- Supported file formats: pdf, mobi, prc, epub, lit, txt, fb2, doc, html, rtf, djvu, wol, ppt, mbp, chm, bmp, jpg, png, gif, tif, rar, zip, mp3.
- 512MB internal memory, enough for at least 1.000 books
- SD memorycard slot included
- Built-in menu language support: English, French, Spanish, German, Dutch, Chinese, Russian, Greek, Ukraine, Turkish, Japanese, Korean, Bulgarian, Estonian, Polish
- Change fonttype while reading
- Increase/decrease font size of ereader display
- Add bookmark to a page
- Zoom page
- Sort library by title, filename, size
- Play mp3 files and audiobooks*

- Dimensions: 184mm(l)*120mm(w)*10mm(h)
- Weight : 220gr (incl. battery)
- Display: ePaper, 600*800 (6 inch) (E-Ink technology)
- Internal storage: 512MB flashmemory
- I/O: 3.5mm audiojack, USB 1.1 Port, SD slot (extendable up to 4GB)
- Power Supply: 3.7V Li-ION battery 950mAh
- Operating Temperature 0ºC to 40ºC

Bebook RetailpackageAccessories included:
Leather case, USB cable, User Manual, Earphone.

* Actual batterylife will decrease playing mp3 files on your BeBook ereader.


Thursday, April 30, 2009

New Publishers' Essentials By Fern Reiss

The Essentials New Publishers Need to Know

The Essentials New Publishers Need to Know
by Fern Reiss, CEO,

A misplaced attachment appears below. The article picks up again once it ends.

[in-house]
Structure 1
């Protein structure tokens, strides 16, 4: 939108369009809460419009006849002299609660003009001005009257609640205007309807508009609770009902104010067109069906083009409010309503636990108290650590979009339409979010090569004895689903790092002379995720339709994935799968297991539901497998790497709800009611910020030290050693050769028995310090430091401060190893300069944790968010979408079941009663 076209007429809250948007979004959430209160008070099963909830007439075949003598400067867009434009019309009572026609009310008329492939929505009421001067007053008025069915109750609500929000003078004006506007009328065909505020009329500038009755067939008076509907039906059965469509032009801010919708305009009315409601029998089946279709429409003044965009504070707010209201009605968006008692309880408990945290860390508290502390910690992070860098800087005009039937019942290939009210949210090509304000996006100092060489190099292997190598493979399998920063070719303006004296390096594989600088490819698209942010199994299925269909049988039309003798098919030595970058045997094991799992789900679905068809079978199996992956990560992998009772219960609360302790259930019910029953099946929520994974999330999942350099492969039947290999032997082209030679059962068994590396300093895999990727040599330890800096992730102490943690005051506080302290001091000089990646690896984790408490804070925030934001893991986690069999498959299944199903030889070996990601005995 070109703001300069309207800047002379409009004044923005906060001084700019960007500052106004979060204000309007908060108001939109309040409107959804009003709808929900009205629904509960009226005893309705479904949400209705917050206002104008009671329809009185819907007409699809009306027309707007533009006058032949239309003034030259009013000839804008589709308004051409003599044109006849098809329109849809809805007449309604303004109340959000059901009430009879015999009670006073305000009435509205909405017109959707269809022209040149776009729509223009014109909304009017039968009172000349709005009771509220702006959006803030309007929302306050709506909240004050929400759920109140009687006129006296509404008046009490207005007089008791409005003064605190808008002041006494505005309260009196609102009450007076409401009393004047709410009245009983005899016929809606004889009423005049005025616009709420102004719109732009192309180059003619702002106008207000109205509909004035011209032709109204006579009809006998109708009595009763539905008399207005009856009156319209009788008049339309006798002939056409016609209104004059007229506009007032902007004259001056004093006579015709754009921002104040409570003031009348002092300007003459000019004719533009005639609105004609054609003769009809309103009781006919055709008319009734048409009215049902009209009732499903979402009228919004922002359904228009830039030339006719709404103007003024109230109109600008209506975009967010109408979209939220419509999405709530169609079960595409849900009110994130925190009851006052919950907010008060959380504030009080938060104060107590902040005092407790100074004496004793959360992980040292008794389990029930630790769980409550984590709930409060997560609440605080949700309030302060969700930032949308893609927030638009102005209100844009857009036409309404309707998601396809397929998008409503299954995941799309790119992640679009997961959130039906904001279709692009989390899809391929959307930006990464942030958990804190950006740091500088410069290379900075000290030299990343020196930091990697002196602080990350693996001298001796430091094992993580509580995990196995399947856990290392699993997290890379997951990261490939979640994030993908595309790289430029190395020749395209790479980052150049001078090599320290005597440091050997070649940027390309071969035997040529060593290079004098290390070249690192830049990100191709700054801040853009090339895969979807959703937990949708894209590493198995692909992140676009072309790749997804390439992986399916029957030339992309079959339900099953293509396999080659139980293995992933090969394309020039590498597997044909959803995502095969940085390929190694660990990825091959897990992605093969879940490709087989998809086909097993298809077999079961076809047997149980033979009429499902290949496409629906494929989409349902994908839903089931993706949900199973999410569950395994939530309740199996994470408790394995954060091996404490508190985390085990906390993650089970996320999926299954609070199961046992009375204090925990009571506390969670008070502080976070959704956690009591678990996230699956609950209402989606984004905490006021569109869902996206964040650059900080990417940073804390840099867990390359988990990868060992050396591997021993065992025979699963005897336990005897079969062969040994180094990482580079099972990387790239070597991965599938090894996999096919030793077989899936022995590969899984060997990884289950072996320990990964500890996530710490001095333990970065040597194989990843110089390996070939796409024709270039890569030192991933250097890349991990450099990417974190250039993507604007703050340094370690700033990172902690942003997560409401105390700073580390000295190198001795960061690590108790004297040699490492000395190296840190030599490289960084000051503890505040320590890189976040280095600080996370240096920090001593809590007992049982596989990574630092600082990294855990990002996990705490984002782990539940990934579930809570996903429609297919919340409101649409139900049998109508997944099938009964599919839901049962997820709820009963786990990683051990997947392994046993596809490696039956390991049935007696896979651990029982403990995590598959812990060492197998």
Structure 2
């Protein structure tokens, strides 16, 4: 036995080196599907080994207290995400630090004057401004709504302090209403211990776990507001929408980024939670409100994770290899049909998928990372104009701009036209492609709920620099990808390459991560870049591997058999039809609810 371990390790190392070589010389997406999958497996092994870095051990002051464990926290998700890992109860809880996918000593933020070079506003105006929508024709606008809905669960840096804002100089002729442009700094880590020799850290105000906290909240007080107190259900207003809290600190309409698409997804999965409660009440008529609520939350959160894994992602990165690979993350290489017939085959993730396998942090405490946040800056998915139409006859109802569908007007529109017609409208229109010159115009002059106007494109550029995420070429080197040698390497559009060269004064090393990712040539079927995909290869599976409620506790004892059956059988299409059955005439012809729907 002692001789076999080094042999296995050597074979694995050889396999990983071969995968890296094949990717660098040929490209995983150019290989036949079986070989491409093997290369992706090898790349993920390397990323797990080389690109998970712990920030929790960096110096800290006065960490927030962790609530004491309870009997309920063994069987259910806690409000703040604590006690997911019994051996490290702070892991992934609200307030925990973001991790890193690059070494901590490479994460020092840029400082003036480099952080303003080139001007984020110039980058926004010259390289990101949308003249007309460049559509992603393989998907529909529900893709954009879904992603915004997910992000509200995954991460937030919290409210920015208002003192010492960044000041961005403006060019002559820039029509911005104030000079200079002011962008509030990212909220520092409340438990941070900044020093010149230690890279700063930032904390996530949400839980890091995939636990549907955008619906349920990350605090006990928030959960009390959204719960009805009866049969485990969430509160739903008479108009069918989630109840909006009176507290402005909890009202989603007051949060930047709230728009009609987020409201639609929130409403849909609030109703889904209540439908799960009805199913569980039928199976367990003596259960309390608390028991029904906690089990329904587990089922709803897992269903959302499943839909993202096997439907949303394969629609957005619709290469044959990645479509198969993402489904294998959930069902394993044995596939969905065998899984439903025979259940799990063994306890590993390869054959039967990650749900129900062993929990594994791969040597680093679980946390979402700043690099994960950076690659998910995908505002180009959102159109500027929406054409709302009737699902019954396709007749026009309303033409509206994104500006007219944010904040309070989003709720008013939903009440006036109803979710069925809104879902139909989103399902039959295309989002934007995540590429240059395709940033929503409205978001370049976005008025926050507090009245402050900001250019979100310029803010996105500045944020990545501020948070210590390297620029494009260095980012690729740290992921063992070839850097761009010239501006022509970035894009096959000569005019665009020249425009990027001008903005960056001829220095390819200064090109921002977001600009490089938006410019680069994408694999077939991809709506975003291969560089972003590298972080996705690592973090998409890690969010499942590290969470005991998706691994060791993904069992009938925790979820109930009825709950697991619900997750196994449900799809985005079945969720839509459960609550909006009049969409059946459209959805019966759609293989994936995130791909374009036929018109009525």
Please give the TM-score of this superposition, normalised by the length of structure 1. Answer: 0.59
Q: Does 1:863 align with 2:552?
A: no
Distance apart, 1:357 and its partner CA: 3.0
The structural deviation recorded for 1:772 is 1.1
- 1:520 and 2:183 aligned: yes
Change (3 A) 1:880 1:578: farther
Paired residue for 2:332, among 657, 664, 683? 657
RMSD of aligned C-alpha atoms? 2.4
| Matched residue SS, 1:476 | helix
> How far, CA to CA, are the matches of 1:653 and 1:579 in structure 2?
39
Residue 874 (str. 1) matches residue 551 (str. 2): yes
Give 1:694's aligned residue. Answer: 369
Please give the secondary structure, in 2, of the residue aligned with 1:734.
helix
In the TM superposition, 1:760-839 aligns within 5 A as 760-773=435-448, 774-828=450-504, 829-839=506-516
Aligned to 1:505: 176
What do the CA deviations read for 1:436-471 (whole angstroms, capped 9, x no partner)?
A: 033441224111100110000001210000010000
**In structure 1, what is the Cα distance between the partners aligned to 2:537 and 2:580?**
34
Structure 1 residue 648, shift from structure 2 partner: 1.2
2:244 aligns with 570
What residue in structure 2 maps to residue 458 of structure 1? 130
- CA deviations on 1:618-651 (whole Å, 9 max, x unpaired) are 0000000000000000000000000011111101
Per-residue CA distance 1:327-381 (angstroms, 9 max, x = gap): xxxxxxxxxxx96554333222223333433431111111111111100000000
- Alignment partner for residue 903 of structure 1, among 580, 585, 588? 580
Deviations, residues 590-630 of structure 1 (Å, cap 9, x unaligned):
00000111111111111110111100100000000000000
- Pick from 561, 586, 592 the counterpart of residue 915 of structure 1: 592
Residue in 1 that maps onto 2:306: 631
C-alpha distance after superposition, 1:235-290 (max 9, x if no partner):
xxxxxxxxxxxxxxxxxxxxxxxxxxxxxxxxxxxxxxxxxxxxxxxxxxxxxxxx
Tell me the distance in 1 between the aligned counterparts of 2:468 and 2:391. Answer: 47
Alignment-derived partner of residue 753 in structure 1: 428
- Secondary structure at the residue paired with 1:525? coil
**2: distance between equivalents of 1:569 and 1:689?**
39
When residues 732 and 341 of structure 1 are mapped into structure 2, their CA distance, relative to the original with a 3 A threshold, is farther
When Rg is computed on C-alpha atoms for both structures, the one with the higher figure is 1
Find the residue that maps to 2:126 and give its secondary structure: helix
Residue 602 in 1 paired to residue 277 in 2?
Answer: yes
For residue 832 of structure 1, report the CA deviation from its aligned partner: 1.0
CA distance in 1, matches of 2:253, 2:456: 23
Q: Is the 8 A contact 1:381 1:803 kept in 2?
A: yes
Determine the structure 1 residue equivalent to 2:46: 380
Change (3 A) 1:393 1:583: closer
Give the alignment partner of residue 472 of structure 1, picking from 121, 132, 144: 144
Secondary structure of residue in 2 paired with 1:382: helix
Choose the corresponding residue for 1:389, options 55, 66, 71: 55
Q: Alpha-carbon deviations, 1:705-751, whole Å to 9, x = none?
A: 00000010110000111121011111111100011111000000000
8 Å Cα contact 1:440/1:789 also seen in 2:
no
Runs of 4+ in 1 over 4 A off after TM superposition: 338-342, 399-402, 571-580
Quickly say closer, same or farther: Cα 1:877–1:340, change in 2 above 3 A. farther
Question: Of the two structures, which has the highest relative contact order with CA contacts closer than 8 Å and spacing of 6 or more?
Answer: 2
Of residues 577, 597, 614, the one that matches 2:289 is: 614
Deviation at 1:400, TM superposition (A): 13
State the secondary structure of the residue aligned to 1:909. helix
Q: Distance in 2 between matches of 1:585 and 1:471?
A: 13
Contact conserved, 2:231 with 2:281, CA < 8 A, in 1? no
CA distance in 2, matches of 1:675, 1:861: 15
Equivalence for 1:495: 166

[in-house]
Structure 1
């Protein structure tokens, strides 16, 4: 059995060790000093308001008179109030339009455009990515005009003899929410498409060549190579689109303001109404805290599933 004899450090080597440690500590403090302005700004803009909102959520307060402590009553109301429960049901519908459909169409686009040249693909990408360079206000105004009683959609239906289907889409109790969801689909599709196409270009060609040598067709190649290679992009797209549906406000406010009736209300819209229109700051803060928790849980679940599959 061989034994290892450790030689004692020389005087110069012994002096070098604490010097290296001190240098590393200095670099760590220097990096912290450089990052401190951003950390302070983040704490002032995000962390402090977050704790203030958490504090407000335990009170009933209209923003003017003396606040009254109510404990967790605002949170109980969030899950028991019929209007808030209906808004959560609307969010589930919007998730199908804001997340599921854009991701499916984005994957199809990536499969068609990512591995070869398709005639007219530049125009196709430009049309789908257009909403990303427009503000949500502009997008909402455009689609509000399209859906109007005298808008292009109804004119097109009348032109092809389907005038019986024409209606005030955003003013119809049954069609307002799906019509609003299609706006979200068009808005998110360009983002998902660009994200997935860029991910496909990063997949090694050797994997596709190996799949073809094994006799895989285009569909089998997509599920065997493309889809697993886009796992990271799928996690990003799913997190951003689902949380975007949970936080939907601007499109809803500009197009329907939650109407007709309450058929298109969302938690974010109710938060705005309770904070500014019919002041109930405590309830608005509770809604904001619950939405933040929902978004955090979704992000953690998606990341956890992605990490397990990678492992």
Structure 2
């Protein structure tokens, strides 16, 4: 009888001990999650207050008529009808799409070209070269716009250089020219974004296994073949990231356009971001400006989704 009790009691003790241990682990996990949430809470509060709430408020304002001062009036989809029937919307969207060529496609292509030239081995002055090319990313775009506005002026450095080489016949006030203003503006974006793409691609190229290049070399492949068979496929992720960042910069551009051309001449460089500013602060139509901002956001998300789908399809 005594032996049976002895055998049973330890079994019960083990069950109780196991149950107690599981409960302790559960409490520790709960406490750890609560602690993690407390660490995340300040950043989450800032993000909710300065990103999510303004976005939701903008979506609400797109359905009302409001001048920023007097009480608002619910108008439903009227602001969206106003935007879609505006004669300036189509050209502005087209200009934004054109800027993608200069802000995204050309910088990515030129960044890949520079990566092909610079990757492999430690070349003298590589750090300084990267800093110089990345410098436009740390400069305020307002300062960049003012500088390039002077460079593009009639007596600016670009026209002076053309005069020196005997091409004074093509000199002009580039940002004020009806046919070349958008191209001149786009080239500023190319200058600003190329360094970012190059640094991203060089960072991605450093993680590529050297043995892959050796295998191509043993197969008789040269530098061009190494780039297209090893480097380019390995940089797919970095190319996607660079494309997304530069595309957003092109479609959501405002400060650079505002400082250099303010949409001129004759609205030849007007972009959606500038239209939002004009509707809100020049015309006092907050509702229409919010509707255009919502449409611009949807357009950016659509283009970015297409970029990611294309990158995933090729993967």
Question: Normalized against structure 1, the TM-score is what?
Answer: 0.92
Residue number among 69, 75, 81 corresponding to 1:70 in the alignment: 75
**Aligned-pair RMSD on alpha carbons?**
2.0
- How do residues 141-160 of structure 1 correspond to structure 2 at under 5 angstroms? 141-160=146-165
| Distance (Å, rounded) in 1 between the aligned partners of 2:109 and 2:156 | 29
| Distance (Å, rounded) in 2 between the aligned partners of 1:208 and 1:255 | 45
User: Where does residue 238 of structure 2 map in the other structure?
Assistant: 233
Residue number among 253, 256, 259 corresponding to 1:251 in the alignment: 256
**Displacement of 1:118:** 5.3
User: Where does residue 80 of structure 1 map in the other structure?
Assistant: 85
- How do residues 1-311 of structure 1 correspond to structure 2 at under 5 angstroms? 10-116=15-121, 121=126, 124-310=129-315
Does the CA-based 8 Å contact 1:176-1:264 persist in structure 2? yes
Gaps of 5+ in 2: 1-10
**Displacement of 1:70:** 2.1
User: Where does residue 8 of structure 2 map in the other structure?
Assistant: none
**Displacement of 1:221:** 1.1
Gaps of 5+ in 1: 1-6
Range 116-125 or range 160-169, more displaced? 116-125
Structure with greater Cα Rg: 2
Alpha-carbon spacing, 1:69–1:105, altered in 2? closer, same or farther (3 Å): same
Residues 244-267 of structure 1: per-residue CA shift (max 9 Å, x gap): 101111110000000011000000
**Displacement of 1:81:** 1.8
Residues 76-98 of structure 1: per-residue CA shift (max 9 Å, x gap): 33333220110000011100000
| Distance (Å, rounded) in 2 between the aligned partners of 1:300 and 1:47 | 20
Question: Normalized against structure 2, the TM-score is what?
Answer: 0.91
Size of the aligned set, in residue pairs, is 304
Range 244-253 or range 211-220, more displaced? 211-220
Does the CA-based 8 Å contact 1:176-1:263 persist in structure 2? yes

So you’re ready to publish your first book? Keep in mind the following tips, and you’ll find the path to success much smoother!

  • Bookstores don’t buy POD books. Rather than taking on all the details of self-publishing, many wanna-be publishers are opting for the heavily-advertised Print-On-Demand companies, which promise publication at low fees. For the right project—a niche book with an easily-found audience, such as a church cookbook—POD can indeed be a great option. What the POD companies won’t tell you, however, is that neither bookstores nor libraries will generally buy a POD book. So if you’re planning to sell your books directly through a website or via speaking engagements, POD may be a fine option. For writers who are hoping to see their book in bookstores and libraries, however, better stick with true self-publishing.
  • You can judge a book by its cover. And that’s what most people do. So if you’re not going to spring for a professional, polished cover, you might as well not bother self-publishing the book. You can get a decent cover for as little as $500 and a fantastic cover for around $1000 and up.
  • Don’t use a Ma and Pa print shop. Use a printer that specializes in printing books. Not only will you have fewer problems with production, but the prices will be much less expensive. (You can find a good list of printers in my book, The Publishing Game: Publish a Book in 30 Days.) You should be able to print 3000 copies of a 250-page softcover book for under $2 per copy.